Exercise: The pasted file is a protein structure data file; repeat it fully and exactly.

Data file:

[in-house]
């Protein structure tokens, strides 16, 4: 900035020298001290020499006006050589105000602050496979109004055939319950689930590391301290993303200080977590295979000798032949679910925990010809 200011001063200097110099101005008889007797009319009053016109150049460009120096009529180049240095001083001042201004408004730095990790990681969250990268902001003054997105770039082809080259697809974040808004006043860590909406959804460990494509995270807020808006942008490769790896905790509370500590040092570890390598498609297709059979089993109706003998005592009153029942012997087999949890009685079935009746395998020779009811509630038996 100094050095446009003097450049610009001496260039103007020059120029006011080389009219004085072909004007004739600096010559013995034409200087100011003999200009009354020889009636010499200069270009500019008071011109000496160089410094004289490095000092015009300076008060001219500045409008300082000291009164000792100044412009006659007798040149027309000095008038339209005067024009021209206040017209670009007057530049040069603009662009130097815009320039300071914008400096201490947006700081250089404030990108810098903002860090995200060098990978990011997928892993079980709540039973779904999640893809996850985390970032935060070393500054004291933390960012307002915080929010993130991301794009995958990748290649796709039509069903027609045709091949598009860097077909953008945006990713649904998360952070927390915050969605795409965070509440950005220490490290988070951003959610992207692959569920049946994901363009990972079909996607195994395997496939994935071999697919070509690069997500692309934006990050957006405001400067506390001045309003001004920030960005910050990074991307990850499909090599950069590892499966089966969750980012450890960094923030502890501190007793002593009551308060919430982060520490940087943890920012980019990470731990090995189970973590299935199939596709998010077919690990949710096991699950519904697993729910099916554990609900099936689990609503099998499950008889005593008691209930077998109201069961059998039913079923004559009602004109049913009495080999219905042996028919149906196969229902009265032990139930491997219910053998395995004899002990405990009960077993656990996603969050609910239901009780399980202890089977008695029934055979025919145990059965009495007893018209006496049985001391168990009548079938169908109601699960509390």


[in-house]
């Protein structure tokens, strides 16, 4: 900035020298001290020499006006050589105000602050496979109004055939319950689930590391301290993303200080977590295979000798032949679910925990010809 200011001063200097110099101005008889007797009319009053016109150049460009120096009529180049240095001083001042201004408004730095990790990681969250990268902001003054997105770039082809080259697809974040808004006043860590909406959804460990494509995270807020808006942008490769790896905790509370500590040092570890390598498609297709059979089993109706003998005592009153029942012997087999949890009685079935009746395998020779009811509630038996 100094050095446009003097450049610009001496260039103007020059120029006011080389009219004085072909004007004739600096010559013995034409200087100011003999200009009354020889009636010499200069270009500019008071011109000496160089410094004289490095000092015009300076008060001219500045409008300082000291009164000792100044412009006659007798040149027309000095008038339209005067024009021209206040017209670009007057530049040069603009662009130097815009320039300071914008400096201490947006700081250089404030990108810098903002860090995200060098990978990011997928892993079980709540039973779904999640893809996850985390970032935060070393500054004291933390960012307002915080929010993130991301794009995958990748290649796709039509069903027609045709091949598009860097077909953008945006990713649904998360952070927390915050969605795409965070509440950005220490490290988070951003959610992207692959569920049946994901363009990972079909996607195994395997496939994935071999697919070509690069997500692309934006990050957006405001400067506390001045309003001004920030960005910050990074991307990850499909090599950069590892499966089966969750980012450890960094923030502890501190007793002593009551308060919430982060520490940087943890920012980019990470731990090995189970973590299935199939596709998010077919690990949710096991699950519904697993729910099916554990609900099936689990609503099998499950008889005593008691209930077998109201069961059998039913079923004559009602004109049913009495080999219905042996028919149906196969229902009265032990139930491997219910053998395995004899002990405990009960077993656990996603969050609910239901009780399980202890089977008695029934055979025919145990059965009495007893018209006496049985001391168990009548079938169908109601699960509390």